Older adults can prevent their risk of strokes by taking a daily stroll for just 35 minutes a day or four hours a week, say researchers.
Indulging in moderate physical activity, such as swimming, brisk walking, or running two to three hours a week may also reduce the severity of strokes than people who are physically inactive.
"Stroke is a major cause of serious disability, so finding ways to prevent stroke or reduce the disability caused by stroke are important," said Katharina S. Sunnerhagen, from the University of Gothenburg in Sweden.
"While exercise benefits health in many ways, our research suggests that even simply getting in a small amount of physical activity each week may have a big impact later by possibly reducing the severity of a stroke," she added.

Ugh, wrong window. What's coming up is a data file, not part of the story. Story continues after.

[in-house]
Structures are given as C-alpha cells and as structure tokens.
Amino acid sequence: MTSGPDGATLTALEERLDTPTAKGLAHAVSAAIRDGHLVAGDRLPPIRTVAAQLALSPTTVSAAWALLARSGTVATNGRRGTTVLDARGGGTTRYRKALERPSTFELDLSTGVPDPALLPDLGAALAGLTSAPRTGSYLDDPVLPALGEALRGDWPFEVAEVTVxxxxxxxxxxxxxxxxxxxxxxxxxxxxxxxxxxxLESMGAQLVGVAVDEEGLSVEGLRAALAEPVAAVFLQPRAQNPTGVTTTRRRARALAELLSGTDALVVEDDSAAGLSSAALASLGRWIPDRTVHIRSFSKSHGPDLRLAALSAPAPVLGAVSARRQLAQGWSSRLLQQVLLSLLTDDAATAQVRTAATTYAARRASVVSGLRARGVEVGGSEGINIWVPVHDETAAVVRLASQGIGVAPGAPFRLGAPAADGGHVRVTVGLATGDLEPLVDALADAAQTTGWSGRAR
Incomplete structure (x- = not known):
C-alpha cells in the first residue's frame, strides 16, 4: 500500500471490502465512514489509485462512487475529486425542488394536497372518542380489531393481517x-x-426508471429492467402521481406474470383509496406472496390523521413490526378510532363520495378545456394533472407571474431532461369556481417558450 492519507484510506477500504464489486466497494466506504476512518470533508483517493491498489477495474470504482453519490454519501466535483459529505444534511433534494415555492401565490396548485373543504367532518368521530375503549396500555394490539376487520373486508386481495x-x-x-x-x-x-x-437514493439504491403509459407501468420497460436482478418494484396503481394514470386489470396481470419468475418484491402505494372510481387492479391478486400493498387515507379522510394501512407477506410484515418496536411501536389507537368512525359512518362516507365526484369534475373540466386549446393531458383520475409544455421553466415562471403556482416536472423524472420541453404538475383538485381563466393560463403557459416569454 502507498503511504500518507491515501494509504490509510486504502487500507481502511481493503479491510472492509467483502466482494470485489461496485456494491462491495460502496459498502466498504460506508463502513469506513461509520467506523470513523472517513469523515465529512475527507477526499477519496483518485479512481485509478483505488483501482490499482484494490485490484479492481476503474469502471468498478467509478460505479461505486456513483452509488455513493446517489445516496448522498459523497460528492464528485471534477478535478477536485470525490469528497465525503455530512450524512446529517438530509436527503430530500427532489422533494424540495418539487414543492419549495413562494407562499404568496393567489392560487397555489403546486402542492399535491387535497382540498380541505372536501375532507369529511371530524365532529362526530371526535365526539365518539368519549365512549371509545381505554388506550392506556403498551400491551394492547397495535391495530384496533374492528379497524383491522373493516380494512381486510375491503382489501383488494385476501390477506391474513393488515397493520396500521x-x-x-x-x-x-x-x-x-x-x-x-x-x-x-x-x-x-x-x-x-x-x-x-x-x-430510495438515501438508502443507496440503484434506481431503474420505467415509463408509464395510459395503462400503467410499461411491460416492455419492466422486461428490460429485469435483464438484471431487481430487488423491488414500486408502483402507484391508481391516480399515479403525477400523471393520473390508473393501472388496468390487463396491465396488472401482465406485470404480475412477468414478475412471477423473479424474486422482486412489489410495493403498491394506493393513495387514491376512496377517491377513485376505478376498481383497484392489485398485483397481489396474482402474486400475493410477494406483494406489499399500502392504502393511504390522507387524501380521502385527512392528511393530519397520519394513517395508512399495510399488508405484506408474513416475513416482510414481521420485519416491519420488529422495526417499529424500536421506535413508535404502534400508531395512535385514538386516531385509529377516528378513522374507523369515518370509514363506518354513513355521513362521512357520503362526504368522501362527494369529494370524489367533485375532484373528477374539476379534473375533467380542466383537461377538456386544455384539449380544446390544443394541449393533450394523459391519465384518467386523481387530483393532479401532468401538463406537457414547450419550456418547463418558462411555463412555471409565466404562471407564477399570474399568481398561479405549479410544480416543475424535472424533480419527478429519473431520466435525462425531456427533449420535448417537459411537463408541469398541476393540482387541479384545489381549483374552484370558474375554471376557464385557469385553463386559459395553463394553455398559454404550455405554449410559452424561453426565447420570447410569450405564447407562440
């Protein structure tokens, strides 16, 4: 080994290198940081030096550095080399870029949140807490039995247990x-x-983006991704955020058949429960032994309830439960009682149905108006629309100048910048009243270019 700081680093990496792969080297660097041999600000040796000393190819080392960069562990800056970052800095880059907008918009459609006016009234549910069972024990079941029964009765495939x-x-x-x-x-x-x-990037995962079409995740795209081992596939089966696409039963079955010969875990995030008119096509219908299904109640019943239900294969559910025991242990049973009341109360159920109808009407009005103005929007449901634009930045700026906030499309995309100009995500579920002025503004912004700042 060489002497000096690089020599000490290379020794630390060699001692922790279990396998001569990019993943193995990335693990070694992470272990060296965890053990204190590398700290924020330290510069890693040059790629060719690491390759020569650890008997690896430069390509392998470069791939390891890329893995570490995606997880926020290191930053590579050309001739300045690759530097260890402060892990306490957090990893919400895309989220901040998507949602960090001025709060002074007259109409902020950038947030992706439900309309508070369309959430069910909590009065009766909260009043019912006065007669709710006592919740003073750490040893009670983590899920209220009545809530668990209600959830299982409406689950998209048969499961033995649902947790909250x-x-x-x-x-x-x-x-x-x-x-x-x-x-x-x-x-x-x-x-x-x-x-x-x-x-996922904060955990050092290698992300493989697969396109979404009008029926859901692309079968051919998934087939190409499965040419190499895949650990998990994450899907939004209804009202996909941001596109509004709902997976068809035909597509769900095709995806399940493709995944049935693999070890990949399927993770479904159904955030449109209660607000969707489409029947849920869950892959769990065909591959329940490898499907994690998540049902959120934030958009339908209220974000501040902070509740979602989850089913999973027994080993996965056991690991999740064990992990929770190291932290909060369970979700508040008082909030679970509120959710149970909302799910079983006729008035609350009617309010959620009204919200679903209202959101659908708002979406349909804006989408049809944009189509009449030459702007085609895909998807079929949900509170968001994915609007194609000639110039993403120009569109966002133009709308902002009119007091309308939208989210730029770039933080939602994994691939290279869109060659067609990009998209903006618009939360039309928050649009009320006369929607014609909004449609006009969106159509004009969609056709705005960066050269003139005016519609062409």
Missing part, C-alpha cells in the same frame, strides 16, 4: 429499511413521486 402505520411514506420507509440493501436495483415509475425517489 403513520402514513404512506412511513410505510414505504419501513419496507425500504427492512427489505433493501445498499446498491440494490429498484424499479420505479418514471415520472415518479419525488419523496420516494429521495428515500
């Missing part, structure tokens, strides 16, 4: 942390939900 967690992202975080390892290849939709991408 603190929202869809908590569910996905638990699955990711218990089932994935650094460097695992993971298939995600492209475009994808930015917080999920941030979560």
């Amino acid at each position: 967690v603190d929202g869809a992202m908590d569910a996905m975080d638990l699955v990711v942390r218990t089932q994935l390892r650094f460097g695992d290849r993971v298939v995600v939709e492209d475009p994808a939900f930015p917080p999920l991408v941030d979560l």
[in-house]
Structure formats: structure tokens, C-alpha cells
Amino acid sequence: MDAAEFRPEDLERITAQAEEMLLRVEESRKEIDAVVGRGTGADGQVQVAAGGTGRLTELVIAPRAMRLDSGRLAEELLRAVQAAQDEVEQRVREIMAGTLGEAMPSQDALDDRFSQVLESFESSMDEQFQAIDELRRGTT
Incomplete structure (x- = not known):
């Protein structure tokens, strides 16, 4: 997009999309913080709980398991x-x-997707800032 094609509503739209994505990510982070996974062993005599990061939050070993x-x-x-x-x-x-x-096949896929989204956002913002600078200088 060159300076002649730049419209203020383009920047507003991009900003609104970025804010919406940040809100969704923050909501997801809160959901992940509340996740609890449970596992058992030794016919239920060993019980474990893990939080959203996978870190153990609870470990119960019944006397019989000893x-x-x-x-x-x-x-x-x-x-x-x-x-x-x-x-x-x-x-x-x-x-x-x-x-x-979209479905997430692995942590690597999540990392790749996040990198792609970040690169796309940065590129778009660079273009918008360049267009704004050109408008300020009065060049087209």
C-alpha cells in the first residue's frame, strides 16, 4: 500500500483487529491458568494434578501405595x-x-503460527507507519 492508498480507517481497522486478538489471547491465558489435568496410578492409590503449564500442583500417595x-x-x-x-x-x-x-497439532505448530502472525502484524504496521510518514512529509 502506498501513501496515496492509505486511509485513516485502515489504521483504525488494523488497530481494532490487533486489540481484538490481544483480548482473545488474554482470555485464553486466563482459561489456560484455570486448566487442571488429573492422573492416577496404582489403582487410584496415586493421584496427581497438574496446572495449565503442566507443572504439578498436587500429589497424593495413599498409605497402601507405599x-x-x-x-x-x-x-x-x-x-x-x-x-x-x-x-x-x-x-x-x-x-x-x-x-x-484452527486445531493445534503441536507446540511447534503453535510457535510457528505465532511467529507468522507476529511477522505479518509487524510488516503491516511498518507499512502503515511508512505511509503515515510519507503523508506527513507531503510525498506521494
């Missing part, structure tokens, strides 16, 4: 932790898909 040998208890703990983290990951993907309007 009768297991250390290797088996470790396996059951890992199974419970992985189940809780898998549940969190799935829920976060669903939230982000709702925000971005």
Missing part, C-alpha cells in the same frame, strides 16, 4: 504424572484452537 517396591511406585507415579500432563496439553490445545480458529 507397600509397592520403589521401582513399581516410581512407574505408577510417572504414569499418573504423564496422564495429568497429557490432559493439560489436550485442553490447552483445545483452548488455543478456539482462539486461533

For the study, published in the journal Neurology, the team identified 925 people with an average age of 73 who had a stroke.
Of the 481 people who were physically inactive, 354 or 73 per cent had mild stroke. Of the 384 who engaged in light physical activity, 330 or 85 per cent had mild stroke. Of the 59 people who engaged in moderate physical activity, 53 or 89 per cent had mild stroke.
People who engaged in light to moderate physical activity before their stroke were twice as likely to have a mild stroke rather than a moderate or severe stroke when compared to people who were physically inactive, the researchers said.
"There is a growing body of evidence that physical activity may have a protective effect on the brain and our research adds to that evidence," Sunnerhagen said.
The study does not prove that physical activity reduces stroke severity; it only shows an association, she noted.